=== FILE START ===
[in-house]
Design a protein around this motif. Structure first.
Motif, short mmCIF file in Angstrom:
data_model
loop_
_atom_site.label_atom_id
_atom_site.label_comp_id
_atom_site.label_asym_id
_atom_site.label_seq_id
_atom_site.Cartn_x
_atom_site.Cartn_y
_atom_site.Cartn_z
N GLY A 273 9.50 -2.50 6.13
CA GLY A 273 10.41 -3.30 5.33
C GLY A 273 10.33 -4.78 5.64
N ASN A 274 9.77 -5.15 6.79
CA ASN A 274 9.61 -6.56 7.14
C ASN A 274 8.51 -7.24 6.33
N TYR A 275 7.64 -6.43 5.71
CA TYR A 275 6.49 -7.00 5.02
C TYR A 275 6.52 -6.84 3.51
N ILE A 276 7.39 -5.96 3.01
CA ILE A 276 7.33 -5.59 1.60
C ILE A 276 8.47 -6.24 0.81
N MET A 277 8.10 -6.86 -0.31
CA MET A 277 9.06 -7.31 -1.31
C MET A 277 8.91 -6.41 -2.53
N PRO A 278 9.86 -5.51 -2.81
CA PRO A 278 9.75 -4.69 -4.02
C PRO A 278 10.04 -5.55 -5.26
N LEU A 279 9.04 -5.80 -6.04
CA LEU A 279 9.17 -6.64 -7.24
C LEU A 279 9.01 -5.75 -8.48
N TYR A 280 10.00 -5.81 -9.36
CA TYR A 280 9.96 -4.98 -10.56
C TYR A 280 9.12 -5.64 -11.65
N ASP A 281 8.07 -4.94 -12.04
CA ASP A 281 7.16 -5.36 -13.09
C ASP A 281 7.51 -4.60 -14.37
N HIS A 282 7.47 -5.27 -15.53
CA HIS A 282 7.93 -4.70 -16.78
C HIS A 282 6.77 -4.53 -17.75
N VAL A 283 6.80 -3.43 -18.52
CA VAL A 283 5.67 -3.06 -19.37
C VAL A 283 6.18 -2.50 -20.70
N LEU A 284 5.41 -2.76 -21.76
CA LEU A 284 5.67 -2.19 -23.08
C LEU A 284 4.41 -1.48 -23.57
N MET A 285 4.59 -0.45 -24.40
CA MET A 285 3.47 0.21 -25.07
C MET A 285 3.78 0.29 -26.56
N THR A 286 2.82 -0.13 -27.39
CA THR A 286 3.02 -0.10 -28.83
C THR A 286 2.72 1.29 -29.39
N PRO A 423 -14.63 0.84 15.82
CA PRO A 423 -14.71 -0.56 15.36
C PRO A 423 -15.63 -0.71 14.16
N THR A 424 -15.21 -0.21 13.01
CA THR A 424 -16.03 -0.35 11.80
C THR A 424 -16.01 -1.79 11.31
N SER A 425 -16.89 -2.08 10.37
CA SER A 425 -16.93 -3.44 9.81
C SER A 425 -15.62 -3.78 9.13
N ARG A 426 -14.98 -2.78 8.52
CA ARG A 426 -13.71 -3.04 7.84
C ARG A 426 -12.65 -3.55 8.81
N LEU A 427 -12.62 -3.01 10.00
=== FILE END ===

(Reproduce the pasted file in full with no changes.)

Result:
[in-house]
Design a protein around this motif. Structure first.
Motif, short mmCIF file in Angstrom:
data_model
loop_
_atom_site.label_atom_id
_atom_site.label_comp_id
_atom_site.label_asym_id
_atom_site.label_seq_id
_atom_site.Cartn_x
_atom_site.Cartn_y
_atom_site.Cartn_z
N GLY A 273 9.50 -2.50 6.13
CA GLY A 273 10.41 -3.30 5.33
C GLY A 273 10.33 -4.78 5.64
N ASN A 274 9.77 -5.15 6.79
CA ASN A 274 9.61 -6.56 7.14
C ASN A 274 8.51 -7.24 6.33
N TYR A 275 7.64 -6.43 5.71
CA TYR A 275 6.49 -7.00 5.02
C TYR A 275 6.52 -6.84 3.51
N ILE A 276 7.39 -5.96 3.01
CA ILE A 276 7.33 -5.59 1.60
C ILE A 276 8.47 -6.24 0.81
N MET A 277 8.10 -6.86 -0.31
CA MET A 277 9.06 -7.31 -1.31
C MET A 277 8.91 -6.41 -2.53
N PRO A 278 9.86 -5.51 -2.81
CA PRO A 278 9.75 -4.69 -4.02
C PRO A 278 10.04 -5.55 -5.26
N LEU A 279 9.04 -5.80 -6.04
CA LEU A 279 9.17 -6.64 -7.24
C LEU A 279 9.01 -5.75 -8.48
N TYR A 280 10.00 -5.81 -9.36
CA TYR A 280 9.96 -4.98 -10.56
C TYR A 280 9.12 -5.64 -11.65
N ASP A 281 8.07 -4.94 -12.04
CA ASP A 281 7.16 -5.36 -13.09
C ASP A 281 7.51 -4.60 -14.37
N HIS A 282 7.47 -5.27 -15.53
CA HIS A 282 7.93 -4.70 -16.78
C HIS A 282 6.77 -4.53 -17.75
N VAL A 283 6.80 -3.43 -18.52
CA VAL A 283 5.67 -3.06 -19.37
C VAL A 283 6.18 -2.50 -20.70
N LEU A 284 5.41 -2.76 -21.76
CA LEU A 284 5.67 -2.19 -23.08
C LEU A 284 4.41 -1.48 -23.57
N MET A 285 4.59 -0.45 -24.40
CA MET A 285 3.47 0.21 -25.07
C MET A 285 3.78 0.29 -26.56
N THR A 286 2.82 -0.13 -27.39
CA THR A 286 3.02 -0.10 -28.83
C THR A 286 2.72 1.29 -29.39
N PRO A 423 -14.63 0.84 15.82
CA PRO A 423 -14.71 -0.56 15.36
C PRO A 423 -15.63 -0.71 14.16
N THR A 424 -15.21 -0.21 13.01
CA THR A 424 -16.03 -0.35 11.80
C THR A 424 -16.01 -1.79 11.31
N SER A 425 -16.89 -2.08 10.37
CA SER A 425 -16.93 -3.44 9.81
C SER A 425 -15.62 -3.78 9.13
N ARG A 426 -14.98 -2.78 8.52
CA ARG A 426 -13.71 -3.04 7.84
C ARG A 426 -12.65 -3.55 8.81
N LEU A 427 -12.62 -3.01 10.00